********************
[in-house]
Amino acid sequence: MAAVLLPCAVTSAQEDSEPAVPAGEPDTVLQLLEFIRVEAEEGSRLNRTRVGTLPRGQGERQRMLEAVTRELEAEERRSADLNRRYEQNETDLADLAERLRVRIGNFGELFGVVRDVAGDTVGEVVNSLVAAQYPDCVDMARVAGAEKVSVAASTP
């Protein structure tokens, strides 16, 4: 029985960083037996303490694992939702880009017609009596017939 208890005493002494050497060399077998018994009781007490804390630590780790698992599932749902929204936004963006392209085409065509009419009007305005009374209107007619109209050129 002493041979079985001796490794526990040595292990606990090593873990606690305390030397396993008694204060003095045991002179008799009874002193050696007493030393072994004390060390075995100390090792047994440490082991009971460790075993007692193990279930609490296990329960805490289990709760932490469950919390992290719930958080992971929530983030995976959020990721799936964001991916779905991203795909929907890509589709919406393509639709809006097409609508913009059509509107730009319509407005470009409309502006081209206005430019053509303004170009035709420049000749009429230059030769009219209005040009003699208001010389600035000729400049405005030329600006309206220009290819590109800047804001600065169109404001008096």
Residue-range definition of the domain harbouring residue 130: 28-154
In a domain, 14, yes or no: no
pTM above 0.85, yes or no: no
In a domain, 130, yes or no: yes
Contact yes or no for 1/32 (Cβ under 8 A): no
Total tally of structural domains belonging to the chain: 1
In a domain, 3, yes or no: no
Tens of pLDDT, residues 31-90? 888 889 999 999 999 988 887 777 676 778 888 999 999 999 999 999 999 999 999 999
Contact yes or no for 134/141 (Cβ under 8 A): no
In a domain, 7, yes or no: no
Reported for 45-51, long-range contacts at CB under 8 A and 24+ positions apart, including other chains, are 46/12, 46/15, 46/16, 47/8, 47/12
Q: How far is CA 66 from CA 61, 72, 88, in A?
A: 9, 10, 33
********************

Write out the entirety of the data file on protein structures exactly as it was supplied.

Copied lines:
[in-house]
Amino acid sequence: MAAVLLPCAVTSAQEDSEPAVPAGEPDTVLQLLEFIRVEAEEGSRLNRTRVGTLPRGQGERQRMLEAVTRELEAEERRSADLNRRYEQNETDLADLAERLRVRIGNFGELFGVVRDVAGDTVGEVVNSLVAAQYPDCVDMARVAGAEKVSVAASTP
């Protein structure tokens, strides 16, 4: 029985960083037996303490694992939702880009017609009596017939 208890005493002494050497060399077998018994009781007490804390630590780790698992599932749902929204936004963006392209085409065509009419009007305005009374209107007619109209050129 002493041979079985001796490794526990040595292990606990090593873990606690305390030397396993008694204060003095045991002179008799009874002193050696007493030393072994004390060390075995100390090792047994440490082991009971460790075993007692193990279930609490296990329960805490289990709760932490469950919390992290719930958080992971929530983030995976959020990721799936964001991916779905991203795909929907890509589709919406393509639709809006097409609508913009059509509107730009319509407005470009409309502006081209206005430019053509303004170009035709420049000749009429230059030769009219209005040009003699208001010389600035000729400049405005030329600006309206220009290819590109800047804001600065169109404001008096």
Residue-range definition of the domain harbouring residue 130: 28-154
In a domain, 14, yes or no: no
pTM above 0.85, yes or no: no
In a domain, 130, yes or no: yes
Contact yes or no for 1/32 (Cβ under 8 A): no
Total tally of structural domains belonging to the chain: 1
In a domain, 3, yes or no: no
Tens of pLDDT, residues 31-90? 888 889 999 999 999 988 887 777 676 778 888 999 999 999 999 999 999 999 999 999
Contact yes or no for 134/141 (Cβ under 8 A): no
In a domain, 7, yes or no: no
Reported for 45-51, long-range contacts at CB under 8 A and 24+ positions apart, including other chains, are 46/12, 46/15, 46/16, 47/8, 47/12
Q: How far is CA 66 from CA 61, 72, 88, in A?
A: 9, 10, 33